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United States v. Koll

IN THE UNITED STATES DISTRICT COURT FOR THE NORTHERN DISTRICT OF ILLINOIS EASTERN DIVISION


March 16, 2010

UNITED STATES OF AMERICA, PLAINTIFF,
v.
MARYANNE KOLL, DEFENDANT.

The opinion of the court was delivered by: George W. Lindberg Senior U.S. District Judge

Hon. George W. Lindberg

MEMORANDUM OPINION AND ORDER

Before the Court is Maryanne Koll's ("Koll" or "defendant") motion to dismiss the one count information ("information"), pursuant to Federal Rules of Criminal Procedure ("Rules") 7(c)(1) and 12(b)(2). For the reasons set forth more fully below, the motion to dismiss is denied.

In the information, the government charged Koll with one count of conspiring with Individual A to solicit cash bribes in violation of 18 U.S.C. § 371 and 18 U.S.C. § 666(a)(1)(B). Specifically, the government alleges that Koll, as an agent of the Illinois Department of Public Health ("IDPH"), conspired to solicited cash bribes with a value in excess of $5,000 for the purpose of allowing individuals to pass Sanitation Certificate examinations and thereby causing the IDPH to issue Sanitation Manager certificates to these individuals. The information combines the value of a number of the bribes and alleges that Koll accepted a total of at least $14,000 from Individual A and approximately 96 food service applicants referred to her by Individual A.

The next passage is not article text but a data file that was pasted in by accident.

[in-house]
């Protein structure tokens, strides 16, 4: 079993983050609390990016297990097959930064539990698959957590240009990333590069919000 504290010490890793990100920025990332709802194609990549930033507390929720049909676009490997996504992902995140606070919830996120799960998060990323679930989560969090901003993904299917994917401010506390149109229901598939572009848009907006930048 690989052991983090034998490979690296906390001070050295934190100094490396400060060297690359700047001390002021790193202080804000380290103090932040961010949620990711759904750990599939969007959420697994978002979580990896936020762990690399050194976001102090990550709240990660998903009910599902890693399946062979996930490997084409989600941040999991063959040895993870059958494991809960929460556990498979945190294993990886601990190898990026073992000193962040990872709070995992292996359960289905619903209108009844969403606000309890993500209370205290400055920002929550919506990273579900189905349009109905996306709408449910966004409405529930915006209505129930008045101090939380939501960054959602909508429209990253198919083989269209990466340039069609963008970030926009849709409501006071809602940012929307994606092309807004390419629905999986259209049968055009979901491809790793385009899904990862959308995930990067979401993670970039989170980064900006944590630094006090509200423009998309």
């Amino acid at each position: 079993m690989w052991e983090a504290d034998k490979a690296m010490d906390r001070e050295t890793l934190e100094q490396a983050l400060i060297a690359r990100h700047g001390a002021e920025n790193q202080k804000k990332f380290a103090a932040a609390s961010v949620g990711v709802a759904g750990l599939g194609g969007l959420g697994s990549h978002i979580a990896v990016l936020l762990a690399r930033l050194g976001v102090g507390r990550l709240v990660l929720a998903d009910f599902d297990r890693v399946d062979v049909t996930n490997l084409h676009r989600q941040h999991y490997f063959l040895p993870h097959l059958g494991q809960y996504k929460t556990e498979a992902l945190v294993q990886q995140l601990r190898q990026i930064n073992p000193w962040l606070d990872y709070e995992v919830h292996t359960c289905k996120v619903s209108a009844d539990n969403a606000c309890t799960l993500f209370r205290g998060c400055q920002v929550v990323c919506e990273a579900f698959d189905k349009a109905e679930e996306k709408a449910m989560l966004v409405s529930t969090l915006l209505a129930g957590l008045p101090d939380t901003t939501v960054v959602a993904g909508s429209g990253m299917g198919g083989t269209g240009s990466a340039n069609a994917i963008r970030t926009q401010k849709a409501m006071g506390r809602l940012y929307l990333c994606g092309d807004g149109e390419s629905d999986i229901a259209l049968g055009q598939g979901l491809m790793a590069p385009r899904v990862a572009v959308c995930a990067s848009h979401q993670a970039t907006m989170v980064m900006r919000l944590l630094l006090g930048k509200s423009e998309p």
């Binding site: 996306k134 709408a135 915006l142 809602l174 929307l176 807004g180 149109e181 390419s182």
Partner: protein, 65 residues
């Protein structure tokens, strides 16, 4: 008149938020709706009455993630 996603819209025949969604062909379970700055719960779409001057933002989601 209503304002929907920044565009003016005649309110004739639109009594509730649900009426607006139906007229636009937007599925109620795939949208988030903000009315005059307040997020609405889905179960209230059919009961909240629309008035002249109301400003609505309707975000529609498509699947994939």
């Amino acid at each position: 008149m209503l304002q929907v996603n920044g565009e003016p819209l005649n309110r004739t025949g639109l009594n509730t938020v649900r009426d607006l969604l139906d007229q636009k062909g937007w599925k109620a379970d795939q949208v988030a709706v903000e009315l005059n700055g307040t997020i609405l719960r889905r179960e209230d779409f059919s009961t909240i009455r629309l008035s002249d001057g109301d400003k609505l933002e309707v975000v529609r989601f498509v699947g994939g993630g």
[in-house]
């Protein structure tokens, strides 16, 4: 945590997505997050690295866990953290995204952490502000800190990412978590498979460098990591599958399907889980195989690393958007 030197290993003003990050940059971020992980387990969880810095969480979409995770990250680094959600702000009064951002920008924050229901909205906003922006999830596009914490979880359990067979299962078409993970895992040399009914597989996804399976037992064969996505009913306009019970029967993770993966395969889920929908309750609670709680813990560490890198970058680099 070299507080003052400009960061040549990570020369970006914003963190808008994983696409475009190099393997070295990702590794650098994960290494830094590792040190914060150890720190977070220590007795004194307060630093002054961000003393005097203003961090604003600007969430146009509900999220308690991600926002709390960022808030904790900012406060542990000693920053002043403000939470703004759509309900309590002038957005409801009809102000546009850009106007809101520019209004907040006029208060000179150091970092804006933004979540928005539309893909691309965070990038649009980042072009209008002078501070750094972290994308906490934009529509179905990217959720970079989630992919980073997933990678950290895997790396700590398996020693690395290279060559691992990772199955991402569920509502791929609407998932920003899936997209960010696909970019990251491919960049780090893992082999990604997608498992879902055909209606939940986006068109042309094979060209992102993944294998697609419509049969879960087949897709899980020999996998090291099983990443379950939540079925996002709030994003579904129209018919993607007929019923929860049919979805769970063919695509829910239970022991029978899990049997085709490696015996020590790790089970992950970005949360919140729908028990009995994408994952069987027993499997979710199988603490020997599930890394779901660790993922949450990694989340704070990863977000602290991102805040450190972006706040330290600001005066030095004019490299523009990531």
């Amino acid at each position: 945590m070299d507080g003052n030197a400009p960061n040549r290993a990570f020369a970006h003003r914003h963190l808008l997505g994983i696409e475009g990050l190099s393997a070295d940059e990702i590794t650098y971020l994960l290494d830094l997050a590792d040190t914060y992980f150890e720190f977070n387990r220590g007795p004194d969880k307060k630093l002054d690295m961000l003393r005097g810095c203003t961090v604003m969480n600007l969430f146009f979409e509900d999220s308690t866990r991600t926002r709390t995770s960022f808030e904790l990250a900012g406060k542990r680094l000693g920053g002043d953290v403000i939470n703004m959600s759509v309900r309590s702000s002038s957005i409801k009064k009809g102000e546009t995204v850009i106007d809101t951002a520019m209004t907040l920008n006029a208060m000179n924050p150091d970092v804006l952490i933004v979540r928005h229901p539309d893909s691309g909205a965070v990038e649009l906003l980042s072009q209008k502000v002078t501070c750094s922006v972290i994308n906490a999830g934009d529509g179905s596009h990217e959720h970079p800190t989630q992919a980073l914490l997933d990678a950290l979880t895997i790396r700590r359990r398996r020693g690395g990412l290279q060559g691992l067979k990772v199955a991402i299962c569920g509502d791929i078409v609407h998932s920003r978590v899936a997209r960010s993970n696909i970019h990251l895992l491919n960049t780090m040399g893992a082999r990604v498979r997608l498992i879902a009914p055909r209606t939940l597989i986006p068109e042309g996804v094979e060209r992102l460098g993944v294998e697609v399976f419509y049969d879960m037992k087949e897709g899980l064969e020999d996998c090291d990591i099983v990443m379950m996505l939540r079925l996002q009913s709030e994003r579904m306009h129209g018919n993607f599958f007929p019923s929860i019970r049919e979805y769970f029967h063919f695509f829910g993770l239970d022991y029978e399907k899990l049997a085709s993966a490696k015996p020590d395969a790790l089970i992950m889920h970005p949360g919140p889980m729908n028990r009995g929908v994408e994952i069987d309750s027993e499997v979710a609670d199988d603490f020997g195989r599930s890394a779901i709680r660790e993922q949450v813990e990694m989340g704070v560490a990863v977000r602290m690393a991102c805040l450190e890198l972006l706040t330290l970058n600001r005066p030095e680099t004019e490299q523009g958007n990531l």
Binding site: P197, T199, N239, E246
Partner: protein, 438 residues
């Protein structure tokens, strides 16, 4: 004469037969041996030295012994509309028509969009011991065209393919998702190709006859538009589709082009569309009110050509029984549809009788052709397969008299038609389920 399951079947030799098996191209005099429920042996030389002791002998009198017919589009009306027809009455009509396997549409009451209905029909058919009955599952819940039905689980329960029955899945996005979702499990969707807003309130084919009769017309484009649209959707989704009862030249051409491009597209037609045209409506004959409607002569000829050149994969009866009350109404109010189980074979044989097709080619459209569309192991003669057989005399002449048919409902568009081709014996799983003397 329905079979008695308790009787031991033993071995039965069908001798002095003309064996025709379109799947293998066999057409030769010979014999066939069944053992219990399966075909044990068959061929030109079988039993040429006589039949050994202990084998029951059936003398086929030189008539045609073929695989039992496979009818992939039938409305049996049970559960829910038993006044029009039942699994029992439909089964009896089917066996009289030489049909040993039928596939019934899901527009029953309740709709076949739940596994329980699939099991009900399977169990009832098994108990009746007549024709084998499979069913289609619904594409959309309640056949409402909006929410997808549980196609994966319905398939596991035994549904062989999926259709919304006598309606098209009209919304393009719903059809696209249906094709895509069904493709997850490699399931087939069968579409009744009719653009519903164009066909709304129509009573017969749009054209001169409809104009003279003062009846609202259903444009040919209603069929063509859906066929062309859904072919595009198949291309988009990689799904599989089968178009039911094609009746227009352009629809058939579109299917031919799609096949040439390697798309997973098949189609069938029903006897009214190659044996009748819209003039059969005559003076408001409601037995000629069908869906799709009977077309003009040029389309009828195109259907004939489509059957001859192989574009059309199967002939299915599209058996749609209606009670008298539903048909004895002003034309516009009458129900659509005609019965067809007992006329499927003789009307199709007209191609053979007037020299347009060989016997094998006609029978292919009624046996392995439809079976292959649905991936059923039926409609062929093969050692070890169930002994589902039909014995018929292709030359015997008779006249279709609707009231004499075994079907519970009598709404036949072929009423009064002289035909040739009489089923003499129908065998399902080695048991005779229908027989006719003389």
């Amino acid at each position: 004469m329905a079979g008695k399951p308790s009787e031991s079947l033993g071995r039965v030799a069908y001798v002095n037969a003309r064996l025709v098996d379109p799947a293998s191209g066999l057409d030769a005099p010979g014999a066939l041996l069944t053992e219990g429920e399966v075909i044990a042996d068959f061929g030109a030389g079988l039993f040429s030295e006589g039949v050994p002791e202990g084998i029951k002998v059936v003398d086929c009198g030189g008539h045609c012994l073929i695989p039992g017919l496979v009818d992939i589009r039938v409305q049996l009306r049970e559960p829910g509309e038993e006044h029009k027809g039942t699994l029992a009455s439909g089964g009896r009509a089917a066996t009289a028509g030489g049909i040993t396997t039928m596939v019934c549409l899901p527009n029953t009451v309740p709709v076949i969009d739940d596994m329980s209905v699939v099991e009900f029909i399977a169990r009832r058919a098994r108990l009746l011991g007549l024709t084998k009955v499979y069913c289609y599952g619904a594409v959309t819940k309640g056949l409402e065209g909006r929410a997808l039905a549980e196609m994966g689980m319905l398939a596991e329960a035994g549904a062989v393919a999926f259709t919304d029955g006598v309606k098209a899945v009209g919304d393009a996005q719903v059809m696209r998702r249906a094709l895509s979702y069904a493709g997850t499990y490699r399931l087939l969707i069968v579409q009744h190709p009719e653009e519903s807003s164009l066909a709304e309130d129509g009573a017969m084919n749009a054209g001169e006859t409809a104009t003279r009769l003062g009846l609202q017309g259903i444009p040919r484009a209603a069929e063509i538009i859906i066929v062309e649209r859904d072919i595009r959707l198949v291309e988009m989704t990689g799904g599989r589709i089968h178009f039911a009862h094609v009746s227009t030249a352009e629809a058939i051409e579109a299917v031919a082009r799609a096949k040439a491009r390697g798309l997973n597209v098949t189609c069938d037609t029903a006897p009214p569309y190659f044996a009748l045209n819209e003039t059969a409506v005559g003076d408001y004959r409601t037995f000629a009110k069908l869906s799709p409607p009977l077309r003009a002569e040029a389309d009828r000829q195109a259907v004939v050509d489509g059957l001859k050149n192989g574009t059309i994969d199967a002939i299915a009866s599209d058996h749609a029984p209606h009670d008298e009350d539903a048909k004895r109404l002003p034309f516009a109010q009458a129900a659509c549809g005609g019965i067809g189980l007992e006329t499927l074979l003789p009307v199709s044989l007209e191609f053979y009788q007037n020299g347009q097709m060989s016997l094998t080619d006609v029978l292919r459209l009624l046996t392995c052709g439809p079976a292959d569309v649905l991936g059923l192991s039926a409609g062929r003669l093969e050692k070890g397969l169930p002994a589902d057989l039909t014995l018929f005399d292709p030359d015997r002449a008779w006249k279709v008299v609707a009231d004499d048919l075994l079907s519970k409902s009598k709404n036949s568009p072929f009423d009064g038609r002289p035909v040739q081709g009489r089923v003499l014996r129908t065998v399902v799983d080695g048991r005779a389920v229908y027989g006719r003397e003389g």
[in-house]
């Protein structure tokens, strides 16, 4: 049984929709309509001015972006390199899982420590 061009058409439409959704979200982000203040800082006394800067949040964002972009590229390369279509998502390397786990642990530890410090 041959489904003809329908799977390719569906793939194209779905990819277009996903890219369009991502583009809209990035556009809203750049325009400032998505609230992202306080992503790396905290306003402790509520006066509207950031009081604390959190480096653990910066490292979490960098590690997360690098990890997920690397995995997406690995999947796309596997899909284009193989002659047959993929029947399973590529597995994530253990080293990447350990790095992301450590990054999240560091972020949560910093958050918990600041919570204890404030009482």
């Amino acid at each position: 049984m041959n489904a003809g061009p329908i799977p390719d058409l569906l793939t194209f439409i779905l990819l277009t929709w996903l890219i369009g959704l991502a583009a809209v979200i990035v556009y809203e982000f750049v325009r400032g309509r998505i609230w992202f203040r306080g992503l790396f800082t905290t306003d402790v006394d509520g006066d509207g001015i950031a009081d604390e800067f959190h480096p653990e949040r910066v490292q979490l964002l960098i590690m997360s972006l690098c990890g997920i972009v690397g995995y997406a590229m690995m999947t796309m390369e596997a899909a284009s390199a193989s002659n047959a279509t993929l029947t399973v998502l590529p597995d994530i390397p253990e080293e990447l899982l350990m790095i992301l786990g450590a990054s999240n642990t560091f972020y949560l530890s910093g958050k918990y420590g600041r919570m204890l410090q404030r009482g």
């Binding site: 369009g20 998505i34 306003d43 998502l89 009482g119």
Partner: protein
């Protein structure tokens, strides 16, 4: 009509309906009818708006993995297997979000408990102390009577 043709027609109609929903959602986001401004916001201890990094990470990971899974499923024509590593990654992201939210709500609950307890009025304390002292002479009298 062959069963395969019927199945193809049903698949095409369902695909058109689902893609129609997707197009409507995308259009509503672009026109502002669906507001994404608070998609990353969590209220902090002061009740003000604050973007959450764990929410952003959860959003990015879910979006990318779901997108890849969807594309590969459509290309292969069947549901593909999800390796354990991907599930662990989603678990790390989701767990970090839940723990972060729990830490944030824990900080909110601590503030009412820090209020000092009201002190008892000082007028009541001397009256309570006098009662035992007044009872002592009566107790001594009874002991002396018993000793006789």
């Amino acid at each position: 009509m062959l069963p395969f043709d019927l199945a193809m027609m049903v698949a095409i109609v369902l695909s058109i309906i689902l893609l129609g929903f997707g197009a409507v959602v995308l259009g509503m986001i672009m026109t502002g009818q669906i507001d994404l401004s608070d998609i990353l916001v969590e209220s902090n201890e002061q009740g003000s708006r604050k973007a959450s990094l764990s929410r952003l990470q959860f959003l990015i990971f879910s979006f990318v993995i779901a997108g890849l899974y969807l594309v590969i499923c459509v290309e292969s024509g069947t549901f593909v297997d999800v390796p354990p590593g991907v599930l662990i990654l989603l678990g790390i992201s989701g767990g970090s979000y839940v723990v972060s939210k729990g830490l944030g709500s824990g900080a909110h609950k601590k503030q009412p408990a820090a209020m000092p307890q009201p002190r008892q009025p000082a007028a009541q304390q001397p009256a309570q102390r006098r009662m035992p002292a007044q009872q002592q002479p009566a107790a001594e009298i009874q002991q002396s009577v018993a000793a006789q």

Koll moves to dismiss the information pursuant to Rule 7(c)(1) because she claims that it fails to allege facts, even if proven, that would constitute a violation of 18 U.S.C. § 666. Specifically, Koll argues that "the information is far too vague in describing the acts with which [she] was charged to pass either procedural or constitutional muster." Koll also argues that for purposes of Rule 12(b)(2), the information fails to adequately allege (1) that Koll was an agent of the State of Illinois when she allegedly solicited bribes from those seeking Sanitation Manager Certificates; (2) that the property at issue in this case had a value in excess of $5,000; and (3) that she entered into the alleged conspiracy "willfully" and "knowingly."